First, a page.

August 16, 2010

by Praful Bidwai

The Cassandras have proved right. The Commonwealth Games have turned into a gigantic multi-billion rupee racket, under which Delhi’s landscape is recklessly ripped up, inappropriate and wasteful projects are shamelessly promoted, public funds massively looted, workers sadistically brutalised, the poor summarily evicted, and human rights egregiously violated—supposedly to enhance India’s global image in pursuit of hollow notions of prestige. The CWG, far grander than the Asian Games of 1982, will be monumentally irrelevant to the future of sports. But they will leave a toxic legacy of empty public coffers, disused stadia, and a battered mass of underprivileged people.

Public attention has focussed on corruption in every contract in this bonanza for builders, contractors, bureaucrats, and the sleazy politicians who run the Games Organising Committee. The booty is estimated to exceed a colossal Rs 30,000 crores, a sum of the same order as the budget of the flagship social programme, the National Rural Employment Guarantee Act. Urban Development Minister S Jaipal Reddy has admitted to an expenditure of Rs 28,054 crores.

There’s hardly a Games project which passes the test of transparency, accountability and fairness, and which isn’t rife with bribery and kickbacks, or deception, lies and forgery. The Queen’s Baton Relay inaugural, on which an unbelievable Rs 32 crores was spent, is only one instance. Every brick and bag of cement used in the Games-driven construction boom, every fixture installed in the Games Village (including liquid-soap dispensers costing Rs 9,379), and every contract for transportation, comes dripping in sleaze.

Corruption is shielded through a Doctrine of Necessity: whatever is necessary for the Games is worthy in itself. Delhi Chief Minister Sheila Dixit has branded the Games’ critics “anti-national”.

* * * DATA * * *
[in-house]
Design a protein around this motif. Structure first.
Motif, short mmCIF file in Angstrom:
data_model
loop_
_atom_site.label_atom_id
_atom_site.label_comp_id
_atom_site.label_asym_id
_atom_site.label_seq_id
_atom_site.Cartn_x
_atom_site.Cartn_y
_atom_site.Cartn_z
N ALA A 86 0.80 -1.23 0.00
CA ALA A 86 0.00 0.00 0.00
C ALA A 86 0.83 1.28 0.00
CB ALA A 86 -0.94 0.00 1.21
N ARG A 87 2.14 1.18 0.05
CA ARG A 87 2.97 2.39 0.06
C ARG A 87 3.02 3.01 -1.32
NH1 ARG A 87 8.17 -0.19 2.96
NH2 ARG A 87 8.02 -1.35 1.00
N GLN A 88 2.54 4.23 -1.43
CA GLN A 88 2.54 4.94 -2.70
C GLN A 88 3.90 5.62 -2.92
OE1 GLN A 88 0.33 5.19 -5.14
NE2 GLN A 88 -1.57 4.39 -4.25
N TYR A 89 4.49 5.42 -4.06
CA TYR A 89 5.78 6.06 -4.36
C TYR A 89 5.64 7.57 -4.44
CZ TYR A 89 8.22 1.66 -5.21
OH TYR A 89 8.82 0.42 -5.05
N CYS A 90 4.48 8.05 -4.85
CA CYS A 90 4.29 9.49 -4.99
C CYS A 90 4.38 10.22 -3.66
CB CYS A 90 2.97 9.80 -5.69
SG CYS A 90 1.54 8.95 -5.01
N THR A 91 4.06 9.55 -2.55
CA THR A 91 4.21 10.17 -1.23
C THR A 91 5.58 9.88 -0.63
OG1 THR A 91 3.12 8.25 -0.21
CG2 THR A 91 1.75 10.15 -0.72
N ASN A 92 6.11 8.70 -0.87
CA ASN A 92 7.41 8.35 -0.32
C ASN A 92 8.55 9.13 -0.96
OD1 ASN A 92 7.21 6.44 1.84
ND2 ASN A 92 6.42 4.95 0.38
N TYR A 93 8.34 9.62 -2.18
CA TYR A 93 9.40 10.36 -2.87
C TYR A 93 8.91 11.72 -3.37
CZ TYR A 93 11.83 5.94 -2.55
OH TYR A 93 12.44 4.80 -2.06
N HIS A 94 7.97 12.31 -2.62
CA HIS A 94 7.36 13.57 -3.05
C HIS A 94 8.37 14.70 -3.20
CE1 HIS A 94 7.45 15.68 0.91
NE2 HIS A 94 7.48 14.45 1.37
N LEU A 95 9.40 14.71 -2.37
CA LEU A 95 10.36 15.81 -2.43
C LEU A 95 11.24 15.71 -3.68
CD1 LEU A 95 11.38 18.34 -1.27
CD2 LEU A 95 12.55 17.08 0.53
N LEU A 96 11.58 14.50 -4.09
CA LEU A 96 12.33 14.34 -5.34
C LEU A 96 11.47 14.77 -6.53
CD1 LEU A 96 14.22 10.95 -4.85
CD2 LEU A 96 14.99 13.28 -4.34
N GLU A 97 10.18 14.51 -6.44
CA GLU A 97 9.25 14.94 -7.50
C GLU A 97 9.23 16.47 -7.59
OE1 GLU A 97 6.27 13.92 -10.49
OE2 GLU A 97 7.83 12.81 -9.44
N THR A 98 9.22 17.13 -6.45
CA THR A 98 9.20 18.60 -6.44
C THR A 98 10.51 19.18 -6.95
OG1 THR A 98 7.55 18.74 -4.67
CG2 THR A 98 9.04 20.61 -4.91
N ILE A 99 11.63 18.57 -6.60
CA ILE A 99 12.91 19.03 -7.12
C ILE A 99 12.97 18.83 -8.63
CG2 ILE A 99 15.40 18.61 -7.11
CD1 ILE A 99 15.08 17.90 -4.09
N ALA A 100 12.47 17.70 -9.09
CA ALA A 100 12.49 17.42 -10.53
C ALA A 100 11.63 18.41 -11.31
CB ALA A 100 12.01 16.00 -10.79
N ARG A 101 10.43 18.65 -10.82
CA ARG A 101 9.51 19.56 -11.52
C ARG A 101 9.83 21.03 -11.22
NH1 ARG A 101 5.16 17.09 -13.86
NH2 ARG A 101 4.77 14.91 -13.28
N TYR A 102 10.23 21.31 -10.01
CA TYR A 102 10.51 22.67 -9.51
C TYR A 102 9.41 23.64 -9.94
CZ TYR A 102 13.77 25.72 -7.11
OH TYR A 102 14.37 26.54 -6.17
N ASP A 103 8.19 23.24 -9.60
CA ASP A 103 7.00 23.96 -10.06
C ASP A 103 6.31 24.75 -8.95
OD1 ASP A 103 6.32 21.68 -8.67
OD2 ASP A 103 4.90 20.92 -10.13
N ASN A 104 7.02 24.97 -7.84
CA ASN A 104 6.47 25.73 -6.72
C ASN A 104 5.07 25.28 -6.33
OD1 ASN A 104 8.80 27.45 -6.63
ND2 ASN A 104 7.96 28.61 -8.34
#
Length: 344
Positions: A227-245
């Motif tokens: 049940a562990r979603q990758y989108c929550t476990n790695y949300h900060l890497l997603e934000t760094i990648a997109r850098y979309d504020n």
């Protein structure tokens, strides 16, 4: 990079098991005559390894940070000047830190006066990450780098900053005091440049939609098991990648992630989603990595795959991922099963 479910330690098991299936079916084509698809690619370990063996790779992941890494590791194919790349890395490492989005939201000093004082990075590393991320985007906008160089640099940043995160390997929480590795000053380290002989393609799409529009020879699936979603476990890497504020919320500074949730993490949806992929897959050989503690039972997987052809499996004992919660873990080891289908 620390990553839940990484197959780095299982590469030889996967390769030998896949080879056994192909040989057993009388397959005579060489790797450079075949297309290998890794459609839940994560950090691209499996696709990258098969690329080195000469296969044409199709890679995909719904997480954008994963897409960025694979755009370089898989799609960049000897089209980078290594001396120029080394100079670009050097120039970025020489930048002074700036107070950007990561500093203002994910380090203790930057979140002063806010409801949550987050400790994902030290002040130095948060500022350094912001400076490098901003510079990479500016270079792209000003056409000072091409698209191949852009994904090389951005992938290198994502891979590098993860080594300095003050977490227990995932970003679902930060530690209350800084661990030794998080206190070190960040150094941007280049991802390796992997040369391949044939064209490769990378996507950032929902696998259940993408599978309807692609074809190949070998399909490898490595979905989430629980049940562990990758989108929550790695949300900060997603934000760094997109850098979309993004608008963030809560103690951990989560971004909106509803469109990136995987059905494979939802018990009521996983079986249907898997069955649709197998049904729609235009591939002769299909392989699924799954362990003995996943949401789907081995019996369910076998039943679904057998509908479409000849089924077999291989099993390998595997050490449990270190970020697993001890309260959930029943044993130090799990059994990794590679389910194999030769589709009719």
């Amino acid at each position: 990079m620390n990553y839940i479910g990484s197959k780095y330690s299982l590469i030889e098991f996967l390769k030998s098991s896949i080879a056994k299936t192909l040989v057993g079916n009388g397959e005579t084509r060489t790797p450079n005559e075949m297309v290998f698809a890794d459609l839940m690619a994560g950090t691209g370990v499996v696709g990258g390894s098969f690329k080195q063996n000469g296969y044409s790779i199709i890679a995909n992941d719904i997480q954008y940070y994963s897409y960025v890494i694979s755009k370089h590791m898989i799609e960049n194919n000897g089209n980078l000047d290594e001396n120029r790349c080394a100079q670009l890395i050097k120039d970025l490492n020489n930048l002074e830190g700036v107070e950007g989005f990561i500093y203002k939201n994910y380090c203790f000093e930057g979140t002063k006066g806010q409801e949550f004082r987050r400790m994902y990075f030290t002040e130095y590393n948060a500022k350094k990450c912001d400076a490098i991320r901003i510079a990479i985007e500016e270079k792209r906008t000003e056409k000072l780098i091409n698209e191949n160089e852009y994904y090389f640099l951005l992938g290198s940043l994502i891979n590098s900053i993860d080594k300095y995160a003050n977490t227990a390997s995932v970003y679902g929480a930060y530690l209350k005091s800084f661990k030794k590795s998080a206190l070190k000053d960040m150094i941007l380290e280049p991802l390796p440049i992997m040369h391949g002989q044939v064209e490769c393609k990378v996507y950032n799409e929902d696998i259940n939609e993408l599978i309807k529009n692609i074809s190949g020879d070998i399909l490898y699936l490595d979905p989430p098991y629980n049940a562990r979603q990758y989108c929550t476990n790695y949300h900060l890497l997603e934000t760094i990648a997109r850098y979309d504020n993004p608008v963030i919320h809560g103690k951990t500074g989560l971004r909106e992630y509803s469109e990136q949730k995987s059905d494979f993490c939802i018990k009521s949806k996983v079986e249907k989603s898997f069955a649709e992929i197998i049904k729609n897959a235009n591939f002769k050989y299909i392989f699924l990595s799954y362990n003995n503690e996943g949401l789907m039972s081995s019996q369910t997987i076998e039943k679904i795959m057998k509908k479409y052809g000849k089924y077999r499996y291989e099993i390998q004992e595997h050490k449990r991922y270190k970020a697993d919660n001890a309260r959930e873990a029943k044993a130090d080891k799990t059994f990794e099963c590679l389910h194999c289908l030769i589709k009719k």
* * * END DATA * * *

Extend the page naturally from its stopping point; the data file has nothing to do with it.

However, it would be wrong to focus primarily on corruption. The Games’ pathology runs much deeper. The Games make no rational sense. Hosting them at enormous expense is morally perverse for a country with mass poverty and destitution and huge unaddressed social agendas.

However, the Games are unhealthy for other reasons too, including urban maldevelopment, inappropriate infrastructure, disruption of city life and the “invisibilisation” through expulsion of 40,000 rickshaw-pullers and thousands of food-stall hawkers, vegetable and paan vendors, homeless citizens and beggars. All this is being done to pamper the elite’s hubris and craving for self-aggrandisement and line the pockets of the builder-contractor mafia.

The public exchequer has been bled to finance the Games. Their Union budget allocation has spurted by 6,235 percent since 2005-06. In addition, the Centre has loaned Rs 2,394 crores to the Games Organising Committee. And the Delhi government has spent Rs 15,000 crores on the Games infrastructure.

An excellent report by the Housing and Land Rights Network—South Asia Regional Programme (HLRN) ( shows Games spending spiralling out of control. For instance, the entire sports infrastructure expenditure in India’s Bid Document (2003) was Rs 150 crores. But already, an expenditure of “at least Rs 3,390 crores has been incurred on stadia” alone—an increase of 2,160 percent. The total expenditure on infrastructure is still unknown. But Mr Reddy’s number probably greatly understates it.

A particularly obnoxious feature of the Games’ financing is the diversion of Rs 744 crores from Delhi’s Scheduled Caste Sub-Plan. This is illegitimate and violates the National Development Council’s directive that such allocations be made “non-diversible and non-lapsable”.

The idea that sports mega-events like the Olympics and football World Cup produce big returns is mistaken. All such events have lost billions. Public-domain data shows that except for the 1984 Los Angeles Olympics, no sports mega-event has made a profit in the past 40 years. In fact, the host countries incur heavy debt which they repay for years; the massive sports venues become a long-term drain on the economy. This is true of the Olympics in Montreal, Barcelona, Atlanta, Seoul, Sydney and Athens, and the recent CWGs in Manchester and Melbourne. India’s own Asian Games experience confirms this.

Besides image-building, the Games have been rationalised on three grounds: they will improve Delhi’s infrastructure, promote tourism, and create a better sports culture in India. These same arguments were advanced for the Asiad too. They are just as specious today. The 1982 Games gave an unhealthy but irreversible direction to urban development through flyovers and other expensive projects geared to private transport. The CWG will intensify the maldevelopment.